My Daughter Asked How Daddy Died

Your desire to understand has always been so clear. It's one of your fiercest personality traits, and sometimes you and I butt heads over it. I've always known that you would want to understand this, and while we talked, it was as if I could see the gears working in your mind while you tried to sort it all out.
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My Darling Sophie,

We parents do this thing where we raise our children and teach them things and then we are surprised by how well you learn all of the things we've exposed you to. You and I are no exception to this. You've grown up so quickly. I know all parents say this about their kids, but that's because it's true. It happens in the blink of an eye, and whenever I stop and think about your beautiful heart and your awesomely curious mind, I'm always amazed at how smart and determined and thoughtful you are. I guess I expect you to be little forever, but I know deep down that's just not going to happen.

This last Sunday you asked me a question that you had never asked me before. Do you remember what it was? You asked me how Daddy Sean died.

I knew that you would ask me this question one day. I hadn't even been dreading it. I guess I thought that the setting would be a little bit more formal than just an ordinary Sunday afternoon sitting on the couch watching the NFL playoffs, but there it was, staring me in the face. Even the Seahawk's unbelievable comeback couldn't distract me from your question; you had my full attention and I could tell that I had yours too.

Gosh, you're 4 years old now, and ever since you can remember, we've talked about Daddy Sean. You know that before you were born, Daddy Sean died. You say that you know this means that he stopped moving and didn't wake up anymore. You believe, like I do, in Heaven, and that Daddy Sean lives there with Jesus now. You know that Daddy Sean's mommy and daddy are your Nana and Pop-Pop and that he died when you and your sister were still inside Mommy's tummy. I know you've seen photographs of me with Daddy Sean on vacations, at football games, with family during holidays and at our wedding, but that you've never seen any pictures of Daddy Sean with you, and well, that's because they don't exist. You've asked me before why Daddy Sean isn't here anymore, but until now, my answer of "w\Well, honey, Daddy Sean was very sick for a long time and his body couldn't get better anymore, so he died," had sufficed.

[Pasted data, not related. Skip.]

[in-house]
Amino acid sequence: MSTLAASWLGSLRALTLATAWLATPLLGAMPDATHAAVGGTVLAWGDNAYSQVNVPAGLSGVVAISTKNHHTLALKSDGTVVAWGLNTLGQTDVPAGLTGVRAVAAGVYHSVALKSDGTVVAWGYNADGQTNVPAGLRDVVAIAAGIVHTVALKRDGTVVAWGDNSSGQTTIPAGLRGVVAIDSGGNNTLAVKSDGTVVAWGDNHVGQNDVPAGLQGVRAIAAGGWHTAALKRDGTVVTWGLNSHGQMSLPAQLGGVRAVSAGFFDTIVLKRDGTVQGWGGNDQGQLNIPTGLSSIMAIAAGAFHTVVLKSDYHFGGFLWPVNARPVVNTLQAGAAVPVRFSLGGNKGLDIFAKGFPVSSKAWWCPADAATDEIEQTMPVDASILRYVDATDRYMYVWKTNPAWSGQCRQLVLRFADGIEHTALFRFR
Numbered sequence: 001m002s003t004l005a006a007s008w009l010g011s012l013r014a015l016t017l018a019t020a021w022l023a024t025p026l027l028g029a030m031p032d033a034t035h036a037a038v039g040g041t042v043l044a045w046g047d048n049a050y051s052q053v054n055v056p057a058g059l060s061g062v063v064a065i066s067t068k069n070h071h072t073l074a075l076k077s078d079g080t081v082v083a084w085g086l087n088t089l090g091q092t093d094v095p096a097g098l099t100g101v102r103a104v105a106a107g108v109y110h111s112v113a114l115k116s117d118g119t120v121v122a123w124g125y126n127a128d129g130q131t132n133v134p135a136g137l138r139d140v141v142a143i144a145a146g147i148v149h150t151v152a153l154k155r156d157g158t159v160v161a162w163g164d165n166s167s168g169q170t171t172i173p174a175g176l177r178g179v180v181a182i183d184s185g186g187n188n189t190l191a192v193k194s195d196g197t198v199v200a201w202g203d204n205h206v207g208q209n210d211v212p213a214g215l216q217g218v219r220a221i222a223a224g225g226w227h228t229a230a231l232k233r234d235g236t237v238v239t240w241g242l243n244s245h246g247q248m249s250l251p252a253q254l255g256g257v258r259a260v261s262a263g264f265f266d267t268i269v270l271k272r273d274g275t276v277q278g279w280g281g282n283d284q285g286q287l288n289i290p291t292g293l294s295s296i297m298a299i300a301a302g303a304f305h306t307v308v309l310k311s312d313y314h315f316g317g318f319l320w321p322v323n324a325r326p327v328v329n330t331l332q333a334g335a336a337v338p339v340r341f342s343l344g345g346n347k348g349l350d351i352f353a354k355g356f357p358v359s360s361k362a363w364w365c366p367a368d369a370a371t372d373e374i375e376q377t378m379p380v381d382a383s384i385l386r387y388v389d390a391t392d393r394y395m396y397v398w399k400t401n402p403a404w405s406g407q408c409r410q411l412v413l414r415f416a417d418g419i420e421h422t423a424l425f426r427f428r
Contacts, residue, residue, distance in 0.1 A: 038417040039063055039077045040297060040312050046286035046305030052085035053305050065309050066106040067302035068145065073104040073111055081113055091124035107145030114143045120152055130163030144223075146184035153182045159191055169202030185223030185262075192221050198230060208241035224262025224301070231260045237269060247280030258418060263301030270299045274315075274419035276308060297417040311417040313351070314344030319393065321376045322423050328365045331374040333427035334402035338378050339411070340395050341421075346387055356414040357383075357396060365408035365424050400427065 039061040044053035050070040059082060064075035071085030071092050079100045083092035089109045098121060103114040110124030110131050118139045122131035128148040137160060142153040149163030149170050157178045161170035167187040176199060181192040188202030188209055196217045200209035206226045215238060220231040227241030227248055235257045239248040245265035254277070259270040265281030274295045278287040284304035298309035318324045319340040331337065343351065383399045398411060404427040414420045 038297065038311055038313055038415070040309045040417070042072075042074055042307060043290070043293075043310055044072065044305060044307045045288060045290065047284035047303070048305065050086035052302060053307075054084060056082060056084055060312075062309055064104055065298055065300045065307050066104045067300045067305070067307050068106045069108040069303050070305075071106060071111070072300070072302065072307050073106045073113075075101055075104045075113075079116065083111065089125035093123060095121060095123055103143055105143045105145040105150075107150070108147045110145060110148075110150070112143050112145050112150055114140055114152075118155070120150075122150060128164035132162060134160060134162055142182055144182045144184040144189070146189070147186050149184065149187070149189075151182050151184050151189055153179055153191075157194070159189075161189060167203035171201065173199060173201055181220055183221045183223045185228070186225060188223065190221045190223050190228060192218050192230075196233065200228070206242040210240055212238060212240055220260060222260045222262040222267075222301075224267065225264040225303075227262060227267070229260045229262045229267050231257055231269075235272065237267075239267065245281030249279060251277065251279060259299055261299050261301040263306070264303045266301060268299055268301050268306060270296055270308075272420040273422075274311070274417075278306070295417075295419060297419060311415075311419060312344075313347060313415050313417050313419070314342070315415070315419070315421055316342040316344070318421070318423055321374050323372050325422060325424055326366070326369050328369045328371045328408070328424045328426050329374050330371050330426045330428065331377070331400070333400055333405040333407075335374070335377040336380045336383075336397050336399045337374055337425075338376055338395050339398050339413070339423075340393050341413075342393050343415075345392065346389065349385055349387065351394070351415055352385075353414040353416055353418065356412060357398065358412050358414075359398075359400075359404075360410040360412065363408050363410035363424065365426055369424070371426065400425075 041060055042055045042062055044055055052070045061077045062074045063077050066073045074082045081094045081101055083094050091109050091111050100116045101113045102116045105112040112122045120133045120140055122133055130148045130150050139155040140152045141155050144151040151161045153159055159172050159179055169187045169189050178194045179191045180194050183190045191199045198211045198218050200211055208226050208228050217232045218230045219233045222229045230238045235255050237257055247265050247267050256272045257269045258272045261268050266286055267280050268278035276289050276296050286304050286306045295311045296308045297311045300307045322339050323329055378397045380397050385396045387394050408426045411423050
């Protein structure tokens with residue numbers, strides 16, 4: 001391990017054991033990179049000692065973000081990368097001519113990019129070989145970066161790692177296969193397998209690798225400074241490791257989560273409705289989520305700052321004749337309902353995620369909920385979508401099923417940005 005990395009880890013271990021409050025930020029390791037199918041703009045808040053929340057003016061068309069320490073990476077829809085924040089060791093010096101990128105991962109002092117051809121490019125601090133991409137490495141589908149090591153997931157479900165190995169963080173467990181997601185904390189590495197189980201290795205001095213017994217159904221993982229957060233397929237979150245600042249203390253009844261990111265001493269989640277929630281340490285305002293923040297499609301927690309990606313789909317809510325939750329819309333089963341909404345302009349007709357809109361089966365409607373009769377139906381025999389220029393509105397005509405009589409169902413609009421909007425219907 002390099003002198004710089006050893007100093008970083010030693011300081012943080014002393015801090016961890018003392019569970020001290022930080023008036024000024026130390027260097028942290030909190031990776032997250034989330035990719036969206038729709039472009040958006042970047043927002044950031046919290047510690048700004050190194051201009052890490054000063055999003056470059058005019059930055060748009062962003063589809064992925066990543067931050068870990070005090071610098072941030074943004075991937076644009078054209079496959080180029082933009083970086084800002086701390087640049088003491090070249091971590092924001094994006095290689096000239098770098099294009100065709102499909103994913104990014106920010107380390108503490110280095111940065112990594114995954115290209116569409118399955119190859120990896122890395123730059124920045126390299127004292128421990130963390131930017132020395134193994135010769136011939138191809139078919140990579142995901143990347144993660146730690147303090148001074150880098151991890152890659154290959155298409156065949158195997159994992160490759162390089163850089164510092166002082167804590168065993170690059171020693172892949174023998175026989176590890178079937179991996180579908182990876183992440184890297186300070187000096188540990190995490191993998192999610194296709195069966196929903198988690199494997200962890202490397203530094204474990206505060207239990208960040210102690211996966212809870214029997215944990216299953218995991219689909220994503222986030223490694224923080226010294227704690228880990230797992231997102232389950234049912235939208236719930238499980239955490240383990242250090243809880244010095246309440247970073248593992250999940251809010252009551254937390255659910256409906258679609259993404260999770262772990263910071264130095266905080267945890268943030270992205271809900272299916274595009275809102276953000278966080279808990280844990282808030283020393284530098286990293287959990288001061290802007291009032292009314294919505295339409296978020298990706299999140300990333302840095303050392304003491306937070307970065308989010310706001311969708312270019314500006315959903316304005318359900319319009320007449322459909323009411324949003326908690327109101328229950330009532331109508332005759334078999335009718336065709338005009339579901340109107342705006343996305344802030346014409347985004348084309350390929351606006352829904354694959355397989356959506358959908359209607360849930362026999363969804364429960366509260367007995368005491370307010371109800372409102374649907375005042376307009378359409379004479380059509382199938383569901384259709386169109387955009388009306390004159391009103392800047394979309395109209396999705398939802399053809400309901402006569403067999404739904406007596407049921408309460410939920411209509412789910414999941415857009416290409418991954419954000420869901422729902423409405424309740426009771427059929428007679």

You asked me how Daddy Sean died, so I attempted to explain cancer to you, a child, which you know, feels like an impossible task. I don't understand cancer, sweet girl. I don't understand how it starts or how it spreads or how it smartens up and fights back. I don't understand why some people are more susceptible to it while others are more resilient. I don't understand why young people suffer from it. I don't understand why we can't just make it all go away. Don't get me wrong, I know about cancer. I know as much about it as someone who is a caregiver for three years can know (which is a lot, in case that's not clear), but sweetheart, knowing about something and understanding it aren't always the same thing.

Your desire to understand has always been so clear. It's one of your fiercest personality traits, and sometimes you and I butt heads over it. I've always known that you would want to understand this, and while we talked, it was as if I could see the gears working in your mind while you tried to sort it all out.

"Did he eat it?"

"No, honey."

"Well how did it make him sick?"

At 4 years old, your firsthand experience with illness has mostly been in the form of the stomach flu. As you try to understand why your body is reacting the way it does when you've eaten something that doesn't agree with you, I try to explain to you how food poisoning works.

"You ate something that was yucky and it made your body sick."

I explained to you that Daddy Sean's cancer started inside his body and sometimes people can get better from it, and sometimes they can't.

"Oh. Okay."

That was the end of your questions. Forget a penny, child, I would have paid a million dollars to know what was going on inside your head at that moment. You weren't upset and you didn't ask anything else. You went right back to eating your snack and watching the game with me, just as you had been doing right before curiosity struck.